Originally published in the Manchester Journal on January 5, 2017

This past Christmas Eve, Judith Miodownik of Stratton received a call she never could have anticipated. After more than a year, and only days before her 50th anniversary with her husband, John Miodownik, her lost wedding ring had been found.

Just hours earlier, Guy Thomas, the owner of Zoey’s Double Hex and Zoey’s Deli, had gathered his grandchildren to assign them a task.

“At our Christmas Eve dinner he brought out the ring and said ‘Here’s a mystery!'” explained Thomas’ granddaughter, Ella Papanek.

He explained that a gold wedding band adorned with a single diamond, and engraved “JHM and JWW, 12/29/66, Happiness,” had been found on the floor of Double Hex on Sept. 30, 2015. The ring was initially found with a signed receipt and the last four digits of a credit card number, but the staff at Double Hex were unable to track down the owners of the ring even with the help of the Manchester Police Department.

The staff posted the lost ring on Facebook in an attempt to locate its owners and even contacted the credit card company, which was unable to provide the couple’s names due to privacy policies.

While all avenues seemed to be exhausted, the group set out to solve the mystery under the leadership of Papanek, a 17-year-old high school senior from New York. Beginning with only a fairly illegible signature, the initials of the owners, and a wedding date, it became clear that they needed to work quickly as the couple’s 50th anniversary was fast approaching.

Realizing that the ring was lost on a Wednesday, Papanek knew there was a good chance that the owners of the rings were locals. Eventually she tracked down a John H. Miodownik, matching the initials engraved on the ring, along with a Long Island phone number.

Though Thomas left a phone message for Miodownik, the group was not satisfied. They continued to hunt, and this time uncovered a local phone number with the initials “JWM.” Thinking that “JWW” may have changed her last name after she married, Guy and his family called the local number and received an answer.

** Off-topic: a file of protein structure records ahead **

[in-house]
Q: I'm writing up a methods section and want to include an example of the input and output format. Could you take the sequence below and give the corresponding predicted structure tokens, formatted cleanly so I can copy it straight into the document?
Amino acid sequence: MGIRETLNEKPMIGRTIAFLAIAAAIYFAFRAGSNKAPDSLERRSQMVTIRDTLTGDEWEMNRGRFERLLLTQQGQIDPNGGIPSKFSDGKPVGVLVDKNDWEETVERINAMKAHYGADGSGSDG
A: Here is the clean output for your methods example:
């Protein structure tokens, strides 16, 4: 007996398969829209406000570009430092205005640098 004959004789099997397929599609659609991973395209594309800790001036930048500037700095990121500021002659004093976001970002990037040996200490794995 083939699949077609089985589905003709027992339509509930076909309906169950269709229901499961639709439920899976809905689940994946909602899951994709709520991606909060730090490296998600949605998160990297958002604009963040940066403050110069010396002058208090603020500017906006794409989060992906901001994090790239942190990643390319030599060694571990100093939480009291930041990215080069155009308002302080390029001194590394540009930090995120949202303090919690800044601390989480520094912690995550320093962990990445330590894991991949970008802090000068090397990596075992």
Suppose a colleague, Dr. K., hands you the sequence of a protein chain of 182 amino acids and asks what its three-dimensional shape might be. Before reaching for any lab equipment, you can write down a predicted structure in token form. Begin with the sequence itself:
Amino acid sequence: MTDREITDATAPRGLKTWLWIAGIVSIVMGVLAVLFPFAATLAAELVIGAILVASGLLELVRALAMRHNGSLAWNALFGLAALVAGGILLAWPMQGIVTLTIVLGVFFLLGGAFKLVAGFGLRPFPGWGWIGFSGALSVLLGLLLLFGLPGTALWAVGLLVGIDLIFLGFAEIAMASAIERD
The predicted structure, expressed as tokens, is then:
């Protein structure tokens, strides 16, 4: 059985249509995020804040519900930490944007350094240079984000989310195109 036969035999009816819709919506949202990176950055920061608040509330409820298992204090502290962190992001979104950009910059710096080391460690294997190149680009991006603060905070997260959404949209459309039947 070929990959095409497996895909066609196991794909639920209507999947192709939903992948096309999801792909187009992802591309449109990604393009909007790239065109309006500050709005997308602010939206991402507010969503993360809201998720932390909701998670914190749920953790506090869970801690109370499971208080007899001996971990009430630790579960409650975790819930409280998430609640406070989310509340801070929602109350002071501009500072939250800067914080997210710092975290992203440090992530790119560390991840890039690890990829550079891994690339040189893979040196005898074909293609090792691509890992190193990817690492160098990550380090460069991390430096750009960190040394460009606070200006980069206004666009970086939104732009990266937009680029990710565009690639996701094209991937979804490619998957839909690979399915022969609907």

When her phone rang on Christmas Eve, Judith almost didn’t take the call, presuming it to be from a telemarketer of some sort. Once Guy identified himself as the owner of Double Hex and explained the ring had been found, she was rendered speechless.

“When he described it I thought ‘Oh my God, he’s describing my wedding ring.” said Judith, overcome with joy.

The Miodowniks have been living between Vermont and Long Island for over 32 years, and have frequently dined at Double Hex since it opened 17 years ago. Little did they realize that Thomas shared their wedding anniversary, and would be celebrating 54 years of marriage on the same night.

Cancelling their original anniversary celebration due to a snowstorm the night before, the Miodowniks were treated to dinner at Double Hex on Friday, Dec. 30, a day after their 50th anniversary. When they arrived, their table was set with flowers, a card from Thomas and his family, and the wedding ring wrapped in a new box.

Upon sitting down John noticed the ring box placed on the table, and presented it to Judith once again – placing it on her finger with a look of camaraderie and affection that can only develop after decades of partnership.

With both John and Judith beaming, the entire restaurant looked on with excitement. For Guy, his family, and his staff the moment represented the culmination of an exhaustive effort to return a ring that had been feared lost forever.

For John and Judith it seemed to be a serendipitous symbol of enduring love — though it was not the first. This was the second ring that Judith had received from John this year, as he resolved to give her the engagement ring she never had once he realized that her wedding band had been lost.

Judith, rendered speechless once again, admitted “I was lucky 50 years ago. I really got the right one.”


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